The Summit Of Sergeant Man

Whilst at the summit of Sergeant Man you should be able to clearly discern the famous fell of High Rise but a short distance away, should you wish to bag another of the 214 Wainwright fells.

Making our way back to Grasmere we chose to return to the crossroads at Blea Rigg and then onwards, continuing along the higher ground towards Castle How. The high ground of Blea Rigg offer great views looking down upon the 3 local tarns and the village of Grasmere.

There are 3 possible descents from this point with the first putting you back down towards Easedale Tarn and the third putting you back near the village centre. We chose on this occasion to take the second pathway following Blindtarn Gill.

This path is poorly marked and resulted in some off track rambling through lots of bracken and small shrubs. With good weather the farm buildings at the bottom of the path were clearly visible. Aiming for them, we soon reached this point and our original path we had commenced our walk upon.

Should you wish to see better quality photographs of this Sergeant Man walk please visit Sergeant Man Walk on our Lake District Walks Flickr account.

Sergeant Man Walk Video

There is an abundance of walks from Grasmere and Sergeant Man is a great high level walk to enjoy.

Helm Crag Walk

Helm Crag Staircase

Helm Crag Staircase

Helm Crag Walk

Helm Crag, near Grasmere

Grade: 3 Approximate length: 8 Miles

Despite Helm Crag Walk being of low height (approx 1,328ft) it sits prominently at the end of a ridge, easily seen from the village of Grasmere. This combined with the distinctive summit rocks at the south east end of the summit ridge, which provide the alternative name, ‘The Lion and the Lamb’ makes it one of the most recognised hills in the area, with the term Helm meaning ‘cloud capped hill’.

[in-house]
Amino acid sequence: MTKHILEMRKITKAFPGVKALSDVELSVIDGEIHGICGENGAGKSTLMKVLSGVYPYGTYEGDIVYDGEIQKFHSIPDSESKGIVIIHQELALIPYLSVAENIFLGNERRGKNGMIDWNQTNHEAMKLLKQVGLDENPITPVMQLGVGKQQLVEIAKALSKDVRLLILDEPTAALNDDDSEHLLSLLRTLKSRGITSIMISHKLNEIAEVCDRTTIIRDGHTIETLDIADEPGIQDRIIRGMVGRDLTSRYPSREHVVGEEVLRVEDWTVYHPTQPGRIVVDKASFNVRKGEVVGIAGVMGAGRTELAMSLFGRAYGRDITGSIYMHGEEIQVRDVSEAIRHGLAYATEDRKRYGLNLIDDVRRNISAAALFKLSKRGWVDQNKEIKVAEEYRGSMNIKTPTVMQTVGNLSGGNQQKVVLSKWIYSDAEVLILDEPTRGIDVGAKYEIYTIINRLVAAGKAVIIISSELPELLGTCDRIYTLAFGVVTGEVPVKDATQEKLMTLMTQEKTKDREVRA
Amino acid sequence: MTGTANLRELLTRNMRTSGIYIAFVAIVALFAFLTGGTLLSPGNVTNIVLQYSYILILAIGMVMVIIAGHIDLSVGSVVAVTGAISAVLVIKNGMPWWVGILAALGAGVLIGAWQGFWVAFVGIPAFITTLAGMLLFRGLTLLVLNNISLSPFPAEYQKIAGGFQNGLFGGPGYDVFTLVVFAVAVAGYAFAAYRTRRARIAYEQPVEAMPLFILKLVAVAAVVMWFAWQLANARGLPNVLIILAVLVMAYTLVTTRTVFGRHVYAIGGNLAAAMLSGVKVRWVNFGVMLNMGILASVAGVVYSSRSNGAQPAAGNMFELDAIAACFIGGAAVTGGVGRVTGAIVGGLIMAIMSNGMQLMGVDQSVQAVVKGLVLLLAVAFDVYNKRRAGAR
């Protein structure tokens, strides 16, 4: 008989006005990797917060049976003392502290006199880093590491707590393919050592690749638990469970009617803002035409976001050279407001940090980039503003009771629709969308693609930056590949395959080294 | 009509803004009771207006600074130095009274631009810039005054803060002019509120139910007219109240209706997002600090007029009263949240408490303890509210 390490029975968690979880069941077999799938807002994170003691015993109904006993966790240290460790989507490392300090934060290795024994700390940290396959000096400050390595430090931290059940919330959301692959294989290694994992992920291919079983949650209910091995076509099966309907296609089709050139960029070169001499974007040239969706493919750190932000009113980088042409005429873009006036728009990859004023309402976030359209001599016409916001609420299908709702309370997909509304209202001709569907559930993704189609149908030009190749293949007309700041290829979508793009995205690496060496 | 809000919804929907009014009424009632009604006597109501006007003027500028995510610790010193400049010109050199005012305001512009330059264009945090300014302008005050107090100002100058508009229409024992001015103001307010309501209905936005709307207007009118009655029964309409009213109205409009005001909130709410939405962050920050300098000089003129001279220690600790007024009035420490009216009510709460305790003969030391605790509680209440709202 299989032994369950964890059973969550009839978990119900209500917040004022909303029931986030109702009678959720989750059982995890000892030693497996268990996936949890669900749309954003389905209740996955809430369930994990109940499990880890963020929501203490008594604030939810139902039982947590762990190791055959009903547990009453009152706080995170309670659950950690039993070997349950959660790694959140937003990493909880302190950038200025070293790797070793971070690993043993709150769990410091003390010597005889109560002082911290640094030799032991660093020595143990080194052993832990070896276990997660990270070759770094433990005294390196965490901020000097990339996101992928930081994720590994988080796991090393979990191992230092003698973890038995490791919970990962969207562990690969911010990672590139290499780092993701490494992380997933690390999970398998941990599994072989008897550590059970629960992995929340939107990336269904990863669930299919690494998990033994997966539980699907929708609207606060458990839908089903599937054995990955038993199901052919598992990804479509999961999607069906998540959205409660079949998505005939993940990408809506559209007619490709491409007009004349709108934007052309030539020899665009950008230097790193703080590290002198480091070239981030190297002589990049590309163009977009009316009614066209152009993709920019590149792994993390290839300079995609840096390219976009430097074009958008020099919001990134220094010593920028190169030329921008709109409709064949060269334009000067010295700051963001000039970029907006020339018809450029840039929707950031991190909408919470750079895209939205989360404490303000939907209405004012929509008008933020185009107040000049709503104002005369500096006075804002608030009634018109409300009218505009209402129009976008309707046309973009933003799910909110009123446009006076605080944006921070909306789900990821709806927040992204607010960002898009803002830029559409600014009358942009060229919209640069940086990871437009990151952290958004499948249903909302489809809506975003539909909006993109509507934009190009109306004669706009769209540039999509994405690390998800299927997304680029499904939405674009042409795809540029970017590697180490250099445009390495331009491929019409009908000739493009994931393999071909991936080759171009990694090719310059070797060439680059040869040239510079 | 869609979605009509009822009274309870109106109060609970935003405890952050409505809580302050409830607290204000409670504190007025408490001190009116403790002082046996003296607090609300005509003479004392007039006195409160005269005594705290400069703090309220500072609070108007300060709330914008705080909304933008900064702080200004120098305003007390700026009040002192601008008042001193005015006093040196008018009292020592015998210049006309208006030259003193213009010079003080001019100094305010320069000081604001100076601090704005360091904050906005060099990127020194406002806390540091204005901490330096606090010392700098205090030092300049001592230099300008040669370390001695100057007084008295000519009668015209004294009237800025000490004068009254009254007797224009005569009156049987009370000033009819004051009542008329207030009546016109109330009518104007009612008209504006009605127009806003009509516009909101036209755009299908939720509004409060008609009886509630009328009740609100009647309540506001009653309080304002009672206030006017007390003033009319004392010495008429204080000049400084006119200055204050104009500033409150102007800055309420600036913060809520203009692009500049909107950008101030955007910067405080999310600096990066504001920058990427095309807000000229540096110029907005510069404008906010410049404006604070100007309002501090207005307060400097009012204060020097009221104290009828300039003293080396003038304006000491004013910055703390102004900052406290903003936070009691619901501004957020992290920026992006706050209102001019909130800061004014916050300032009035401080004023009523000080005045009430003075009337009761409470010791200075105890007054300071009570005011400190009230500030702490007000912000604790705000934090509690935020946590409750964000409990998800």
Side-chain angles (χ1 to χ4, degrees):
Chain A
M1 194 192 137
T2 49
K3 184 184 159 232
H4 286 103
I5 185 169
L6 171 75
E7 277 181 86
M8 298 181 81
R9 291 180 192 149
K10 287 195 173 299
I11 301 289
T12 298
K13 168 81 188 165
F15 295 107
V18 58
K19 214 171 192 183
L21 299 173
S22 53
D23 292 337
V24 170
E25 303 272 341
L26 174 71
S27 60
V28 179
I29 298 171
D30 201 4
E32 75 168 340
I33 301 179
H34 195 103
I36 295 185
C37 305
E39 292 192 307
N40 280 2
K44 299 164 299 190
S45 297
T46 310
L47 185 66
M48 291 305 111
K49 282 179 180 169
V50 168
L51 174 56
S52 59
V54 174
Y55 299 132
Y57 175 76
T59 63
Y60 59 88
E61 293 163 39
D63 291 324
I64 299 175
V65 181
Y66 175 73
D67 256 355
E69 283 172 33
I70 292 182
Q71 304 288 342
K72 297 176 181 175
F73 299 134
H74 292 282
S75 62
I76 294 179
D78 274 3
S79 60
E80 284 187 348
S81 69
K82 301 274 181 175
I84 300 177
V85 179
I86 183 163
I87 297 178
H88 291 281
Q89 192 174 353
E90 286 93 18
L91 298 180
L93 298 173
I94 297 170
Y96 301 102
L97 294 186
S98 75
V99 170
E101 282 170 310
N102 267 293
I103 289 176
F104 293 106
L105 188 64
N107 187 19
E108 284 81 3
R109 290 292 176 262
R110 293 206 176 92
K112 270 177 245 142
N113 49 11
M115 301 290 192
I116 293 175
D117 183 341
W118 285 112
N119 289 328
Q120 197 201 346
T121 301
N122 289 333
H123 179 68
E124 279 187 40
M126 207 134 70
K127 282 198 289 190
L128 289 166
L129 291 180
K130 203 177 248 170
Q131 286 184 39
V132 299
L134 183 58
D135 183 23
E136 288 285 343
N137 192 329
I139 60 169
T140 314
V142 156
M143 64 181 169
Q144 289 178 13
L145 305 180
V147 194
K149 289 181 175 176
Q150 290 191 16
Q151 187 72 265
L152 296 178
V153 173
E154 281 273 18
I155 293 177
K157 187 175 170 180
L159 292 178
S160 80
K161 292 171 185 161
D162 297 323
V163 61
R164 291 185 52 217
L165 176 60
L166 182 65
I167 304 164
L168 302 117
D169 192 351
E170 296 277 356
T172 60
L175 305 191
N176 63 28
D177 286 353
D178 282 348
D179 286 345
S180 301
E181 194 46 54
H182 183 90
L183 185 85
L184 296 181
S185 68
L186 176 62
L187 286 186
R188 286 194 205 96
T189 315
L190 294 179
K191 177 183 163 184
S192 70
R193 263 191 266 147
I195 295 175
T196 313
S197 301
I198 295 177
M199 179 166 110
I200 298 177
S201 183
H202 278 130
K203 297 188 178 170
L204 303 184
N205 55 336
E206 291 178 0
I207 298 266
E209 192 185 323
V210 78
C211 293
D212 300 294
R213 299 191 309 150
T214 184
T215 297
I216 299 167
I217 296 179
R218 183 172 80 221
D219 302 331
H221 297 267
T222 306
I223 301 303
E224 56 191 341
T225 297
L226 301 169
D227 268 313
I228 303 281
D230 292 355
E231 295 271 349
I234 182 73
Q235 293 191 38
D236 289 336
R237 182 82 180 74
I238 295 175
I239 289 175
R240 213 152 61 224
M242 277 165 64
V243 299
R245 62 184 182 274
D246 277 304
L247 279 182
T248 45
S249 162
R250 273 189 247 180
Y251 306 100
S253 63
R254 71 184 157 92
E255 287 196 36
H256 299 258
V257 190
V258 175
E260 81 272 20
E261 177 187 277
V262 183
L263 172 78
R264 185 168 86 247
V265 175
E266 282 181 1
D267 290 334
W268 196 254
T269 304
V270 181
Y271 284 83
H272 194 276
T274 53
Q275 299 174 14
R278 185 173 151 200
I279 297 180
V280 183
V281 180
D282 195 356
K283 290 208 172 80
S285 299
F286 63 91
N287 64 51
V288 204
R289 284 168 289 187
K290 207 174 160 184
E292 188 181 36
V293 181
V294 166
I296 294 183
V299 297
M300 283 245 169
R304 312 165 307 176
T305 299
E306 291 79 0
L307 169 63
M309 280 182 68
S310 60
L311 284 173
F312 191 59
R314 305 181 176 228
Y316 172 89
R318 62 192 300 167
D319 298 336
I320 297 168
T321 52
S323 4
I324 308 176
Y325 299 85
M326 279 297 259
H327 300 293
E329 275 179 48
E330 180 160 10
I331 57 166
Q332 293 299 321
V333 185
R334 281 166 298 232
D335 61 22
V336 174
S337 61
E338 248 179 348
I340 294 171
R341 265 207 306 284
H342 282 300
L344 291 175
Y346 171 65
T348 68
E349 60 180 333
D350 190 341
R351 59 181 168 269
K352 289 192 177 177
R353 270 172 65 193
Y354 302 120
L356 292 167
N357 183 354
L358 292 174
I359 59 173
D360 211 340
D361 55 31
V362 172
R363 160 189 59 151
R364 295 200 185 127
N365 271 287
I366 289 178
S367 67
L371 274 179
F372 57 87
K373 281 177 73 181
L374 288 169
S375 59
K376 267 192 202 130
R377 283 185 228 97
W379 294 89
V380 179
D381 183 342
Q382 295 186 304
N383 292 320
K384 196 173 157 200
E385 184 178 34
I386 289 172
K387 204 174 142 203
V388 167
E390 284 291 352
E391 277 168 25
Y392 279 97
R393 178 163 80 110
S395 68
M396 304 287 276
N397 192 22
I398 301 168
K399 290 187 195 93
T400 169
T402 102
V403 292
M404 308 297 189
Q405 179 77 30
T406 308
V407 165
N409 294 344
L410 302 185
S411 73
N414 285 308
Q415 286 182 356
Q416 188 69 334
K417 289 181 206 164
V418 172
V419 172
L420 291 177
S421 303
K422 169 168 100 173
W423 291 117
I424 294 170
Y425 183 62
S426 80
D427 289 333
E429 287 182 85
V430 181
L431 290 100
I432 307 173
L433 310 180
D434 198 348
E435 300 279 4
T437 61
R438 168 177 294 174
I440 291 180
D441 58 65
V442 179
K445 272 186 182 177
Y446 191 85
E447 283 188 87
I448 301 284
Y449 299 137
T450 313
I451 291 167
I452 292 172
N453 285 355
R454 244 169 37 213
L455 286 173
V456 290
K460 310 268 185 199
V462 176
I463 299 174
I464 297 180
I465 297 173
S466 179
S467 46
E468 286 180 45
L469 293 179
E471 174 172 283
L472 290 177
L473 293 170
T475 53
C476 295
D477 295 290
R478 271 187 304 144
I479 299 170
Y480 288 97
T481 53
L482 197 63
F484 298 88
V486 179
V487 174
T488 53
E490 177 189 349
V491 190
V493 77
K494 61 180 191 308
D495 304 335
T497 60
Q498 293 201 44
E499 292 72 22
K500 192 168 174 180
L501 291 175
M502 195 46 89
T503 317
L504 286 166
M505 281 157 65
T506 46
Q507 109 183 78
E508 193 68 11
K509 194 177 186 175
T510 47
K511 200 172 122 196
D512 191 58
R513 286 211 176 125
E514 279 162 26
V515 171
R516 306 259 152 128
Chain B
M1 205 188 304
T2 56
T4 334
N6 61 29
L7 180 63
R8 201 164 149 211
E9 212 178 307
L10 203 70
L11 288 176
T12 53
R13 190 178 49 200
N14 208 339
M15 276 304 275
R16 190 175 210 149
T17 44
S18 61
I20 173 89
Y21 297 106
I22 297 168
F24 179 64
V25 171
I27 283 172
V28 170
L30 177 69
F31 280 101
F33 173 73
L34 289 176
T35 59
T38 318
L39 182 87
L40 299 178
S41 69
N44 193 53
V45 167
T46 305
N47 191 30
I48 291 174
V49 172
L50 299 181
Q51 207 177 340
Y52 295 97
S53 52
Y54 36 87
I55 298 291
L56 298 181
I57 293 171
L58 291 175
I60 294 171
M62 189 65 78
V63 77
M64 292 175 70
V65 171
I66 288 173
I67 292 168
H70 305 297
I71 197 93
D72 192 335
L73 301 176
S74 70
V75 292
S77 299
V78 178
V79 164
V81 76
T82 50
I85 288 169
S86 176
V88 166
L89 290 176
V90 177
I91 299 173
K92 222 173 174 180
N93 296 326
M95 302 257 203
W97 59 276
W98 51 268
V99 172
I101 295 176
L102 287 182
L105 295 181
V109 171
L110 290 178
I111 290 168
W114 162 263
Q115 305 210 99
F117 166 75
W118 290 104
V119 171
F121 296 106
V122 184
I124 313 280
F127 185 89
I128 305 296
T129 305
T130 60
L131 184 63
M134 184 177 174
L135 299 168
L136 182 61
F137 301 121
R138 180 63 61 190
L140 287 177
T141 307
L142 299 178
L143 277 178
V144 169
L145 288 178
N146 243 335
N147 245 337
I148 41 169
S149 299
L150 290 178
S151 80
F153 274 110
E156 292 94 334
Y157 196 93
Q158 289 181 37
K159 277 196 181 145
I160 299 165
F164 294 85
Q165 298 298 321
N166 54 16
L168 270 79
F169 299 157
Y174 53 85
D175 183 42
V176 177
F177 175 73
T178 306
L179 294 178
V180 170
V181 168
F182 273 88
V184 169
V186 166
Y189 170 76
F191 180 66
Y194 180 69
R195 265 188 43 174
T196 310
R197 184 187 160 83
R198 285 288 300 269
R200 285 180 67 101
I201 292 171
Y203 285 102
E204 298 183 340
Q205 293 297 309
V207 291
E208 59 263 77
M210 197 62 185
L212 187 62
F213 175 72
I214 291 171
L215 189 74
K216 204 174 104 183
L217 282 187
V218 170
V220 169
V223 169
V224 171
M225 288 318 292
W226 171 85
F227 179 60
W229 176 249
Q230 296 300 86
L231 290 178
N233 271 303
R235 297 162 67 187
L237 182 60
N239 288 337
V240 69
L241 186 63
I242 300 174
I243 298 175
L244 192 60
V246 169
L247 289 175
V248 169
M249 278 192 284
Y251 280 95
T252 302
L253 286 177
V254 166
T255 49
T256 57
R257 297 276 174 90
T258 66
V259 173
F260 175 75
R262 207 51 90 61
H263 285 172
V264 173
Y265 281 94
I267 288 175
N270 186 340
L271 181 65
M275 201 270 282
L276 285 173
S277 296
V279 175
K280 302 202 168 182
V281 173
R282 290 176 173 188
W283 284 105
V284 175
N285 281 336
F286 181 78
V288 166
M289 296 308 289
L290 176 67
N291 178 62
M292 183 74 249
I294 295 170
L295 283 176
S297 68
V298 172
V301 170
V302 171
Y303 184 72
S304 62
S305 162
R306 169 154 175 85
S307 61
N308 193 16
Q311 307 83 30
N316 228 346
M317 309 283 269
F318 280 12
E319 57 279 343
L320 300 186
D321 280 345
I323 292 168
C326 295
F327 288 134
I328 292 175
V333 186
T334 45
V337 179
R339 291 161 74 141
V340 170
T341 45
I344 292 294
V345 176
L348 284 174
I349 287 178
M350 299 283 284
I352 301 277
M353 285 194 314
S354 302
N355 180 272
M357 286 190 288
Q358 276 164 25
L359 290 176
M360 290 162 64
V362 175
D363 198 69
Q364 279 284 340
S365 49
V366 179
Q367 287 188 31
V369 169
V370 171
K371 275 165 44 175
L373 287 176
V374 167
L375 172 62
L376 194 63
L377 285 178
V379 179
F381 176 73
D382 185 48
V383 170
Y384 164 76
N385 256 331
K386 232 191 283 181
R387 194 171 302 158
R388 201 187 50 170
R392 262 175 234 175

Alfred Wainwright wrote of Helms Crag walk that “The virtues of Helm Crag have not been lauded enough. It gives an exhilarating little climb, a brief essay in real mountaineering, and, in a region where all is beautiful, it makes a notable contribution to the charms and attractions of Grasmere”.

This is the only Wainwright that the man himself never summited due to the tricky nature of this final rocky climb.

Helm Crag walk offers a varied array of Lakeland scenery, with wooded glades, spring blue bells, rocky out crops and open fells covered with ferns dependent on time of year.

Starting from Easedale Road within the village of Grasmere, follow the road whilst crossing over Easedale Beck. Pass the road sign posted Youth Hostel on your right and continue upon the road until the road turns sharply to the right.

Helm Crag Walk